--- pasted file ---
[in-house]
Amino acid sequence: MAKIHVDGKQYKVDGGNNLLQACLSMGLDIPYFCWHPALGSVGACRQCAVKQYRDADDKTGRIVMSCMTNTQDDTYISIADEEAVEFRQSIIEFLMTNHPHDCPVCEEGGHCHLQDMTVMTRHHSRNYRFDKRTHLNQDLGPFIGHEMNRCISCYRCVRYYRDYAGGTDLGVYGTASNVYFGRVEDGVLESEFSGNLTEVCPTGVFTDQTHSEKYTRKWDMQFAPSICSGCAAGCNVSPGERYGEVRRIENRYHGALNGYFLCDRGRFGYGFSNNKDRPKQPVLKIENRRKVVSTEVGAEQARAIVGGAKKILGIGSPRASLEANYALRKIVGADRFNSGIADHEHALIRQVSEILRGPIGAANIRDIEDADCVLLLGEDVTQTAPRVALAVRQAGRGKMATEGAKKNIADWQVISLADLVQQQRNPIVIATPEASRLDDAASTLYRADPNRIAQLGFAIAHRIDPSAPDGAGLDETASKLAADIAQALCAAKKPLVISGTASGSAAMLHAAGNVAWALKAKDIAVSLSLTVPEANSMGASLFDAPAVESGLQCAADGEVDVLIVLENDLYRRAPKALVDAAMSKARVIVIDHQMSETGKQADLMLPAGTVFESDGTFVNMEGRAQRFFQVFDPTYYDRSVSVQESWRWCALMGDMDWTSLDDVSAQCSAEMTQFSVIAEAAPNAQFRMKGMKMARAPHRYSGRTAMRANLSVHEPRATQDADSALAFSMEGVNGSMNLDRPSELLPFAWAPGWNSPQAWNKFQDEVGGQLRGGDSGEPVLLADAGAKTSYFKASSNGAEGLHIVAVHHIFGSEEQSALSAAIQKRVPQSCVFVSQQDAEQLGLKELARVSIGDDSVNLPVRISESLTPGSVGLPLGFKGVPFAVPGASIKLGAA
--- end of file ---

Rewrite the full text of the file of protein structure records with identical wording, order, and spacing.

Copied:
[in-house]
Amino acid sequence: MAKIHVDGKQYKVDGGNNLLQACLSMGLDIPYFCWHPALGSVGACRQCAVKQYRDADDKTGRIVMSCMTNTQDDTYISIADEEAVEFRQSIIEFLMTNHPHDCPVCEEGGHCHLQDMTVMTRHHSRNYRFDKRTHLNQDLGPFIGHEMNRCISCYRCVRYYRDYAGGTDLGVYGTASNVYFGRVEDGVLESEFSGNLTEVCPTGVFTDQTHSEKYTRKWDMQFAPSICSGCAAGCNVSPGERYGEVRRIENRYHGALNGYFLCDRGRFGYGFSNNKDRPKQPVLKIENRRKVVSTEVGAEQARAIVGGAKKILGIGSPRASLEANYALRKIVGADRFNSGIADHEHALIRQVSEILRGPIGAANIRDIEDADCVLLLGEDVTQTAPRVALAVRQAGRGKMATEGAKKNIADWQVISLADLVQQQRNPIVIATPEASRLDDAASTLYRADPNRIAQLGFAIAHRIDPSAPDGAGLDETASKLAADIAQALCAAKKPLVISGTASGSAAMLHAAGNVAWALKAKDIAVSLSLTVPEANSMGASLFDAPAVESGLQCAADGEVDVLIVLENDLYRRAPKALVDAAMSKARVIVIDHQMSETGKQADLMLPAGTVFESDGTFVNMEGRAQRFFQVFDPTYYDRSVSVQESWRWCALMGDMDWTSLDDVSAQCSAEMTQFSVIAEAAPNAQFRMKGMKMARAPHRYSGRTAMRANLSVHEPRATQDADSALAFSMEGVNGSMNLDRPSELLPFAWAPGWNSPQAWNKFQDEVGGQLRGGDSGEPVLLADAGAKTSYFKASSNGAEGLHIVAVHHIFGSEEQSALSAAIQKRVPQSCVFVSQQDAEQLGLKELARVSIGDDSVNLPVRISESLTPGSVGLPLGFKGVPFAVPGASIKLGAA